Temperamental parking meters test the patience of even diehard DIFC fans

I love the DIFC, I really do. It’s my home from home in Dubai, a great place to work and play, with the closest I’ve found in the Middle East to the communal buzz and esprit de corps of global financial markets like London and New York.

I’m a convinced fan, so what follows should not be regarded as a whinge, more as an exhortation to maintain the global standard that DIFC rightly holds as its benchmark. And in no other field is the more important than in car parks.

Overall, parking at DIFC is plentiful and efficient. You might have to queue a bit at busy times, but I’ve never, in eight years, been turned away by a sign saying “full”.

It isn’t cheap, at about Dh120 if you’re there all day, but that’s the price you pay in Dubai for parking in a prime location. If you don’t want to pay for that convenience, take the metro.

But the physical experience of actually paying has become increasingly frustrating and aggravating, and I think it’s time the DIFC did something about it.

If you’re a member of the paying parking public (rather than somebody who has a parking space through their firm) you have to line up at four aged machines. Insert the ticket you got on entry, see the amount due and pay up.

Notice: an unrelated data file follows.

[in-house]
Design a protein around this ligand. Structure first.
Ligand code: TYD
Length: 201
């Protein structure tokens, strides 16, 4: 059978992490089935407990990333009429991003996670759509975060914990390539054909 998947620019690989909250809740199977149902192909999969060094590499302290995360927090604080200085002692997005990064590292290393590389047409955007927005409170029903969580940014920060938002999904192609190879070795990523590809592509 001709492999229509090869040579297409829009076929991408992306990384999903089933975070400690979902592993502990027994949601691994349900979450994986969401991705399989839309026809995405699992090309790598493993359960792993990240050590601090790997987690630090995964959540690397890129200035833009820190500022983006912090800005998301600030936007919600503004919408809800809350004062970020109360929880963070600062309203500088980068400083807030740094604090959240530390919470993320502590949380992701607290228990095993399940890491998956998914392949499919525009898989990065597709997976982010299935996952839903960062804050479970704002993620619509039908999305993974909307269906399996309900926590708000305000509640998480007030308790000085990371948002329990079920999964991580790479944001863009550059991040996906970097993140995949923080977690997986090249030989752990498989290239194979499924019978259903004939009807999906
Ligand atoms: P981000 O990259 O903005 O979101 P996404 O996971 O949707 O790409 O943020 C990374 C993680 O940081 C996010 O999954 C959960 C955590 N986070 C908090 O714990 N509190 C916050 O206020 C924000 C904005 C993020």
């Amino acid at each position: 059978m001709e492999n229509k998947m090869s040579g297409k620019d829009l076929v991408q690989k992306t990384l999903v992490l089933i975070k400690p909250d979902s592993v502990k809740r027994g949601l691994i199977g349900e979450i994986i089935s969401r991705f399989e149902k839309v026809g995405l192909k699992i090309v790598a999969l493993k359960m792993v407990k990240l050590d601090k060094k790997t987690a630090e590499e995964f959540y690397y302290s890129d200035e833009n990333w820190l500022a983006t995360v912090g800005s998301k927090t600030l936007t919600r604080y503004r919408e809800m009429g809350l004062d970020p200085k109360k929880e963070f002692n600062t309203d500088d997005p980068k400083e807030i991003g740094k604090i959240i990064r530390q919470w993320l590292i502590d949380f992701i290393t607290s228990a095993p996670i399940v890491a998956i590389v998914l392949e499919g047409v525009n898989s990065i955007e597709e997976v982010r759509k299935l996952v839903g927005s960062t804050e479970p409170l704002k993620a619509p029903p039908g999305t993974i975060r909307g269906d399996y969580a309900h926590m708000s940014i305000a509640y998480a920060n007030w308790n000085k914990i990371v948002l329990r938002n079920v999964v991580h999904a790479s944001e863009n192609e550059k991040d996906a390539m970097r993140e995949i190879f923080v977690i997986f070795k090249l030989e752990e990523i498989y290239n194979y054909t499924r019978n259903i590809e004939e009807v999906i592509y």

It’s here that the frustration begins. The machines take cash, no credit cards; exact amount only, no change given. So you have to arm yourself with notes in various denominations before you leave.

But – and this is when your blood really starts to boil – the machines are extremely capricious about which notes they will accept.

Sometimes a Dh100 note is fine – if it’s new and with no creases. Other times not. Sometimes a crumpled Dh10 note will sail through, other times it gets rejected. You invariably end up cancelling the transaction, pressing the intercom button and waiting for an operative to attend.

This chap has seen it all before. He arrives with a wad of notes as thick as a blockbuster novel, and proceeds to feed them in.

Some are accepted at first try. Others are randomly declined by the machine, by now behaving like a truculent two-year old spitting out his cabbage. It’s a comic performance involving man, machine and banknote, but one you could do without at the end of a long day.

After my most recent – failed – attempt to force feed the machines, I decided on a bit of consumer activism, and headed off to the offices of the firm that handles parking for the DIFC. In the caverns beneath the Gate building, in a floodlit world the sun never touches, you will find the premises of “SecureP – Professional Parking Solutions.”

One of my rules is to never have anything to do with a firm that has the word “solutions” in its title, but I persisted, and explained my problem to the young lady in an abaya who was gracious enough to listen.

“Yes, we’ve had lots of problems with those machines. People are always complaining about them. They are too old, but they don’t belong to us. We just handle the service for the DIFC, they own them.”

Please, DIFC, replace them. With modern ones that give cash and take credit cards. Otherwise, you’ll be in danger of losing your position as the pre-eminent financial market in the region.

I know for a fact that the underground parking at Al Maryah Island, home of the Abu Dhabi Global Market, accepts credit cards.


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